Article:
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Supreme Court to have say on DNA rules

26 July 2010

The High Court has agreed to allow a direct appeal to the Supreme Court over the rules for retaining DNA profiles and fingerprints.

Under the coalition government’s Freedom Bill, which featured in the Queen’s Speech, DNA profiles and fingerprints from people investigated or arrested, but not convicted, would be destroyed in most cases.

Following the Scottish model, they would only be retained in the case of serious violent or sexual offences for a maximum period of three years.

The Freedom Bill is due to be introduced into Parliament this autumn, but the DNA measures are unlikely to be implemented until next year at the earliest.

The previous government’s reforms to the rules, set out in the Crime and Security Act 2010, have not been implemented.

They would have replaced the policy, introduced in 2001, of indefinite retention save in exceptional circumstances, with a single limit of six years for samples from those arrested but not convicted.

Giving an ex tempore ruling in R (on the application of GC) v Met Police Commissioner and Home Secretary (no citation available), Lord Justice Moses and Mr Justice Wyn Williams said the doctrine of precedent obliged them to follow the leading House of Lords judgment on DNA profiles, which backed the status quo.

Both suspects had given DNA and fingerprints in the course of police investigations. Neither were convicted of any offence, but their requests for the samples to be destroyed were refused by the Met Police.

They applied for judicial review on the grounds that this policy breached their article 8 privacy rights.

Without considering the merits of their individual cases, the Administrative Court had to decide whether to follow the existing House of Lords precedent or whether it could apply the later ECtHR ruling which held that privacy rights had been breached.

Shamik Dutta, a solicitor at Fisher Meredith, acted for GC. “There has been a significant amount of time since the European judgment and as yet there is no change in the government’s position on the indefinite retention of samples,” he said.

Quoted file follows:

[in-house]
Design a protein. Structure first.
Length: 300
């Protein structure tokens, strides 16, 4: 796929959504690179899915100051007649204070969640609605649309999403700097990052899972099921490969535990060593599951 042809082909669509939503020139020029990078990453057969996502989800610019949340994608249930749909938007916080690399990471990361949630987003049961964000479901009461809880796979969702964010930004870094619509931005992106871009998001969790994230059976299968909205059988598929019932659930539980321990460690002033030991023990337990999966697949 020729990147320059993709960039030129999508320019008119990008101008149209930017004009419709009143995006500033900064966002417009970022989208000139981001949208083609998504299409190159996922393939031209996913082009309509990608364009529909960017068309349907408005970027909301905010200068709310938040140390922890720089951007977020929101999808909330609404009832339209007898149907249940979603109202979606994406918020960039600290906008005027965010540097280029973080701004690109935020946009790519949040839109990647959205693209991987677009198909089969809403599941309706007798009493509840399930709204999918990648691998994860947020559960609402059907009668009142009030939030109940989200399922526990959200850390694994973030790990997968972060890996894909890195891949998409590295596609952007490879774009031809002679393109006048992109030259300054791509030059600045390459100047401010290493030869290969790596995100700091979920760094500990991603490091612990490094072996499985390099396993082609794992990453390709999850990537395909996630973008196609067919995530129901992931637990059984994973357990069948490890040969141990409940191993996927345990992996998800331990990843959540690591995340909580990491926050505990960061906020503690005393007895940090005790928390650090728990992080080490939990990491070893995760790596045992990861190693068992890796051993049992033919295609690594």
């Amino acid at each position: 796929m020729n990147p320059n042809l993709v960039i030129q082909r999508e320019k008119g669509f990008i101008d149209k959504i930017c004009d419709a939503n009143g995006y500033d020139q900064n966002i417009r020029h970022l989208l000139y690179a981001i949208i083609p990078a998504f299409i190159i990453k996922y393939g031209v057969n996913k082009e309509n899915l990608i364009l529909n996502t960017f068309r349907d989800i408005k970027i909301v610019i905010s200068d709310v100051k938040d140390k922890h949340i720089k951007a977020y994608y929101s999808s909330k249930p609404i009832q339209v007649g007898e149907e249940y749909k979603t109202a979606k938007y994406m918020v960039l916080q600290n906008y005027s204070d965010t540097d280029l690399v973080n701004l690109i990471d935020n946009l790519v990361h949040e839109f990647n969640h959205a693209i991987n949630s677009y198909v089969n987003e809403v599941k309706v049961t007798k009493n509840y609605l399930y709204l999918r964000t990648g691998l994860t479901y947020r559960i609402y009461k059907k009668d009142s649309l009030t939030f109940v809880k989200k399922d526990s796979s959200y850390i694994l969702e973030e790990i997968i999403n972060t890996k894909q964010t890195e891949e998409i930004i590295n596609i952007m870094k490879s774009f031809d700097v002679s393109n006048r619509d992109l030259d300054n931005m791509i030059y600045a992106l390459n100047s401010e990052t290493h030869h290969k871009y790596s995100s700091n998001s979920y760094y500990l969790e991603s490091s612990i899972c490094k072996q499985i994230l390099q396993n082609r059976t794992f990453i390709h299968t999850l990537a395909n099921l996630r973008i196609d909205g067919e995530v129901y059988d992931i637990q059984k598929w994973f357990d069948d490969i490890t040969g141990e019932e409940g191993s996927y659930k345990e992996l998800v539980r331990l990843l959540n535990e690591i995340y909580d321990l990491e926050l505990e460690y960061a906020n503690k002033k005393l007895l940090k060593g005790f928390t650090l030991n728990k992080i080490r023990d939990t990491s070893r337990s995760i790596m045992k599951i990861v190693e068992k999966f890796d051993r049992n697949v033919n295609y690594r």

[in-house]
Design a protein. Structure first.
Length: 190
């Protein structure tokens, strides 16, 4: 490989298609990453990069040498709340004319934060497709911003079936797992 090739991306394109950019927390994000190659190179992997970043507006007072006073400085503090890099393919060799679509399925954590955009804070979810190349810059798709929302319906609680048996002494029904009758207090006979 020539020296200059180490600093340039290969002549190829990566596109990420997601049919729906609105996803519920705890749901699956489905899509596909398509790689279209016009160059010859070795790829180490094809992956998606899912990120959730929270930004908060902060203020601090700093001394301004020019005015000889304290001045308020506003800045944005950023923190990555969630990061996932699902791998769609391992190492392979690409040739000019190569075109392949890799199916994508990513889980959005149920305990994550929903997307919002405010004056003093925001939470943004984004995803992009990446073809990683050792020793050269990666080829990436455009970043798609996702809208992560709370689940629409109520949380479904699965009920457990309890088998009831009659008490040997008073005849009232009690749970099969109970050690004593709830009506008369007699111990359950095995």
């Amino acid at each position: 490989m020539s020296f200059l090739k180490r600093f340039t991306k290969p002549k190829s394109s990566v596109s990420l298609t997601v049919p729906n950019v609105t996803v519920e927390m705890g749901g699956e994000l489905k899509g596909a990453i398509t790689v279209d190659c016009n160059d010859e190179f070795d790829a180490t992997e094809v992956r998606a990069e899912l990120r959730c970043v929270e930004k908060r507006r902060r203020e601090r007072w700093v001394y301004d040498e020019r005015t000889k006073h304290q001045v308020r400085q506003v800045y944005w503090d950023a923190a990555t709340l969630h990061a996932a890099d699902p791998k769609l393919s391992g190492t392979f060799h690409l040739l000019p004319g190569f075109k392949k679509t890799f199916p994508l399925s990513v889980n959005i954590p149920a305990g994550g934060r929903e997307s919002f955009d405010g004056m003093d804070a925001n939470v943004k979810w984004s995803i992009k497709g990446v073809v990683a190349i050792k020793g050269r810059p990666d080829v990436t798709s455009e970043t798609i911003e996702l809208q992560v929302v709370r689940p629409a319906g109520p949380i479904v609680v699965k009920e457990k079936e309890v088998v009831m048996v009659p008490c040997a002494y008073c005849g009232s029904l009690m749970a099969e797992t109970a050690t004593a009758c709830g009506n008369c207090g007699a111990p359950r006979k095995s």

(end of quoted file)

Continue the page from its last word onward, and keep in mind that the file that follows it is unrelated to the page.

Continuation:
“Any judicial review must be determined on the basis of the law as it currently stands. However, we argued that if the court was bound by the precedent laid down in the House of Lords, then the case raised a point of law of sufficient public importance for an appeal to be heard by the Supreme Court.”

In a separate development, the government has been criticised for delaying implementation of the Bribery Act 2010 by six months, until April 2011.

The Act, which was passed by Parliament in the pre-election ‘wash-up’, would replace the UK’s outdated anti-corruption legislation, some of which is Victorian. It was expected to be implemented in the autumn.

Section 7 of the Act creates a new offence which can be committed by commercial organisations which fail to prevent bribery committed for their benefit.

Justice secretary Ken Clarke said section 9 put the government under a duty to publish guidance about procedures which companies could introduce to prevent bribery. However, he said it was important that the guidance took account of the views of businesses and non-governmental organisations.

The MoJ said a consultation on the guidance would be launched in September, with a view to publication early in the New Year.

Eoin O’Shea, partner and head of the anti-corruption group at Lawrence Graham, said the Bribery Act had already gone through a very long gestation period and it was over ten years since the first Law Commission report.

“There have been several consultation exercises already, both by the Law Commission, the government and parliamentary committees,” he added.

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